Conceptually, I’m a Jew in the wilderness, often surrounded these days by people who don’t understand what the experience of being Jewish is like. Born in an East Coast Canadian city, I spent most of my childhood enveloped by Jews. My public schools not only recognized that not every child celebrates Christmas, they closed on Jewish holidays. While the rest of the year I was nonobservant, in the summers I went to Jewish camp, where I put on Jewish plays and sang Jewish songs and observed Tisha B’Av, the day commemorating Jewish calamities — expulsion, exile, Holocaust. My community, different as we all were, shared a history; our streets were mirrors where we were seen and heard and known. More than once I traced my finger up the wrinkled forearm of a friend’s grandparent, touching the long-ago-tattooed concentration camp numbers. There was a link between those graying survivors and me, a thread connecting their near extinction to my existence.
But I’ve now spent more years in the United States, first in Florida, where my parents and I hid inside while the Ku Klux Klan marched down our street, their gowns sending a chill of fear up my spine as the palm trees swayed. Later in California, where I knew few Jews, I struggled to communicate my experience to many of the Americans I encountered.
Once, on a first date, my Star of David necklace slipped out of my sweater. “Do you know what this is?” I asked my date, who was staring at it with a strange look. Suddenly, without explanation, he had to go. I never heard from that pickup-truck-driving cowboy again. Even my husband, not Jewish but the biggest supporter of my efforts to keep myself and my children connected to our culture, saw my Jewishness before he saw me. “What attracted you to me in the beginning?” I once asked him. “Your exoticness,” he said.
Conceptually, I’m a Jew in the wilderness. Practically, I’m terrified of the wilderness. Now a Pacific Northwesterner, I stick out among the avid hikers and backcountry climbers, who all own multiple sets of base layers and day packs. Instead of the expected peace and pleasure, I find panic in nature, feeling lost and lonely, worried I’ll run out of food or get mired in a bog or meet a bear. I have an irrational fear of the wilderness — but I also think about it constantly. Specifically, I imagine what I would do should I need to take refuge in it. These thoughts — daydreams, intrusions while trying to fall asleep — started some time ago and have escalated. If I had to take my family and disappear, if we were forced to run, could we find a forest, a cave, to hunker down in? How would we get water, keep dry, camouflage ourselves? How many cans of food would it take to keep four people alive for, say, six years? I’ve actually done this math.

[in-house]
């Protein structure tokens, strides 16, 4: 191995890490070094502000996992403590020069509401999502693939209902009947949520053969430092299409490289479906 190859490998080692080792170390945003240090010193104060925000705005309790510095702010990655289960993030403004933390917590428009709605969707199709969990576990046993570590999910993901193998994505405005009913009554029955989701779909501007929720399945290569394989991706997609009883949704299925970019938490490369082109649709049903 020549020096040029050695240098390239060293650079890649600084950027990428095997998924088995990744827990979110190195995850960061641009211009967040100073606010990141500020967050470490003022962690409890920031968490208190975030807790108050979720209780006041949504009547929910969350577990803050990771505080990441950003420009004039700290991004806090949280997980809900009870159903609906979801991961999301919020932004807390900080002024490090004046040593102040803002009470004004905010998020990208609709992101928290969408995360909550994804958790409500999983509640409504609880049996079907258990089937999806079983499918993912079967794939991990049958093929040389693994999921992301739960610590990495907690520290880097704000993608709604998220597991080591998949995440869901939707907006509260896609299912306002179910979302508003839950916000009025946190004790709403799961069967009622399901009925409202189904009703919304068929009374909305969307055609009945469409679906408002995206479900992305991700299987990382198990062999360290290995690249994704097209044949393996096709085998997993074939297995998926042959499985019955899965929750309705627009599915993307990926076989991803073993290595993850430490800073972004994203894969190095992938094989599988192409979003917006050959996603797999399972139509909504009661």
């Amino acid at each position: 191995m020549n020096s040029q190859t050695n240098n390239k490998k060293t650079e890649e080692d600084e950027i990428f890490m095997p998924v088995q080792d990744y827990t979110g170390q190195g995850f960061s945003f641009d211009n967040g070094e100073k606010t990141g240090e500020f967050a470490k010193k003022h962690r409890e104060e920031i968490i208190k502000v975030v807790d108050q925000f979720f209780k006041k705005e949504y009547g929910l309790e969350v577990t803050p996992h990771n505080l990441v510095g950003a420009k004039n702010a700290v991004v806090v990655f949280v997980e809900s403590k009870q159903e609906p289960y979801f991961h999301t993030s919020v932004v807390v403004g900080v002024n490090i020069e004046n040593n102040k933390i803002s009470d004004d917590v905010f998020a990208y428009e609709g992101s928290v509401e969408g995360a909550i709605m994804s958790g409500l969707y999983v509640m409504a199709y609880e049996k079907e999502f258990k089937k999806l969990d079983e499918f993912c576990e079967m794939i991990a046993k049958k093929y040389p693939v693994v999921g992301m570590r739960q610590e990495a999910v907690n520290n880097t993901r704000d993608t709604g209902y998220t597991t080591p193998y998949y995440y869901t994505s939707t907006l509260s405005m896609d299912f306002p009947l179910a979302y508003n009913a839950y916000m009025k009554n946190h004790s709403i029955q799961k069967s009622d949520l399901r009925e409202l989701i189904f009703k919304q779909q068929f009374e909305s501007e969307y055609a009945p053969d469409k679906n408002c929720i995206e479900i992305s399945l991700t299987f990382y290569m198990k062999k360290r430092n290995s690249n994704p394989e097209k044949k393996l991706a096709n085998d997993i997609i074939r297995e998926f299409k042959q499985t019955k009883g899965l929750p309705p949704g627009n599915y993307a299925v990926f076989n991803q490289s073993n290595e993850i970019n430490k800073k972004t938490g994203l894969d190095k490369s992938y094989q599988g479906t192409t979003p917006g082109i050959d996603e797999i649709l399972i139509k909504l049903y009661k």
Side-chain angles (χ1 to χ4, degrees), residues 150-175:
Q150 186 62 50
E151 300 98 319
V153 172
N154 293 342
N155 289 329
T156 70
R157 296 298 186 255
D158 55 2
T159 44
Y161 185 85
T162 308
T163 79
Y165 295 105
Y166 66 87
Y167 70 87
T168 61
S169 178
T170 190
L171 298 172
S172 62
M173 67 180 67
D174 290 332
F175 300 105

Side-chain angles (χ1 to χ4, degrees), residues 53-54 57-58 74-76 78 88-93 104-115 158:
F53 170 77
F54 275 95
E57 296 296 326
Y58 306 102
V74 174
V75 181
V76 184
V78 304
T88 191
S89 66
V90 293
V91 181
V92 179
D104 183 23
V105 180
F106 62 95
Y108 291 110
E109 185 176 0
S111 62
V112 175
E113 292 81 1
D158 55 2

Why do I have these thoughts? Are they comfort in the face of potential disaster — natural or that of a human nature? Inherited trauma? Mental rehearsals, the genocide equivalent of the now ubiquitous and terrorizing school lockdown drills?
As a city girl, I couldn’t be further from a survivalist. However, a few years ago, when my mother-in-law, who raised my husband and his eight siblings on a middle-of-nowhere ranch, asked if I wanted to stockpile supplies on the family homestead, I found myself actually considering it. We could carve out a spot in the large shed, she offered, keep a store of food and equipment. For what, she didn’t say, but my DNA lit up like wildfire.